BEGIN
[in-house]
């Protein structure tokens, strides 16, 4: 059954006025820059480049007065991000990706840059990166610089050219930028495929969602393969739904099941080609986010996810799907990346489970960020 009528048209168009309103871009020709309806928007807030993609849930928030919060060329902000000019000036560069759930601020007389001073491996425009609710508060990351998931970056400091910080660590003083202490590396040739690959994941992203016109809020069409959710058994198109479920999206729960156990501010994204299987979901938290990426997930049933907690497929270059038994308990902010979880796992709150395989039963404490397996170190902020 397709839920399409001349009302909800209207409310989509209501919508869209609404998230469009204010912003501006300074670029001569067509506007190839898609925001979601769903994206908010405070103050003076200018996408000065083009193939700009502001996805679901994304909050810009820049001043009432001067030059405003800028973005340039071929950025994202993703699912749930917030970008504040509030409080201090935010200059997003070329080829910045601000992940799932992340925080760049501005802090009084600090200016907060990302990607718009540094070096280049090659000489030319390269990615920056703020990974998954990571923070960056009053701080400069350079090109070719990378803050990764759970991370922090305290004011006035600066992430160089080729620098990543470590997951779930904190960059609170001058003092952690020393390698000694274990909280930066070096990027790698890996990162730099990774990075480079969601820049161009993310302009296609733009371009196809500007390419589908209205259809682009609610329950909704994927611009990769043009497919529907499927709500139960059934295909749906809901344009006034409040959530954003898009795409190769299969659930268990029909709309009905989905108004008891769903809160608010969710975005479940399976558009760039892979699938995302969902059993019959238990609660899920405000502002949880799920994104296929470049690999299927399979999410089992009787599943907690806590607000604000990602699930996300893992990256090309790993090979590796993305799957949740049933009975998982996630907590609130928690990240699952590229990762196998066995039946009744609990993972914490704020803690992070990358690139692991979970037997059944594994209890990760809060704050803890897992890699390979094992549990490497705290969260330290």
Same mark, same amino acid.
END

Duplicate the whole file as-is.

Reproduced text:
[in-house]
């Protein structure tokens, strides 16, 4: 059954006025820059480049007065991000990706840059990166610089050219930028495929969602393969739904099941080609986010996810799907990346489970960020 009528048209168009309103871009020709309806928007807030993609849930928030919060060329902000000019000036560069759930601020007389001073491996425009609710508060990351998931970056400091910080660590003083202490590396040739690959994941992203016109809020069409959710058994198109479920999206729960156990501010994204299987979901938290990426997930049933907690497929270059038994308990902010979880796992709150395989039963404490397996170190902020 397709839920399409001349009302909800209207409310989509209501919508869209609404998230469009204010912003501006300074670029001569067509506007190839898609925001979601769903994206908010405070103050003076200018996408000065083009193939700009502001996805679901994304909050810009820049001043009432001067030059405003800028973005340039071929950025994202993703699912749930917030970008504040509030409080201090935010200059997003070329080829910045601000992940799932992340925080760049501005802090009084600090200016907060990302990607718009540094070096280049090659000489030319390269990615920056703020990974998954990571923070960056009053701080400069350079090109070719990378803050990764759970991370922090305290004011006035600066992430160089080729620098990543470590997951779930904190960059609170001058003092952690020393390698000694274990909280930066070096990027790698890996990162730099990774990075480079969601820049161009993310302009296609733009371009196809500007390419589908209205259809682009609610329950909704994927611009990769043009497919529907499927709500139960059934295909749906809901344009006034409040959530954003898009795409190769299969659930268990029909709309009905989905108004008891769903809160608010969710975005479940399976558009760039892979699938995302969902059993019959238990609660899920405000502002949880799920994104296929470049690999299927399979999410089992009787599943907690806590607000604000990602699930996300893992990256090309790993090979590796993305799957949740049933009975998982996630907590609130928690990240699952590229990762196998066995039946009744609990993972914490704020803690992070990358690139692991979970037997059944594994209890990760809060704050803890897992890699390979094992549990490497705290969260330290």
Same mark, same amino acid.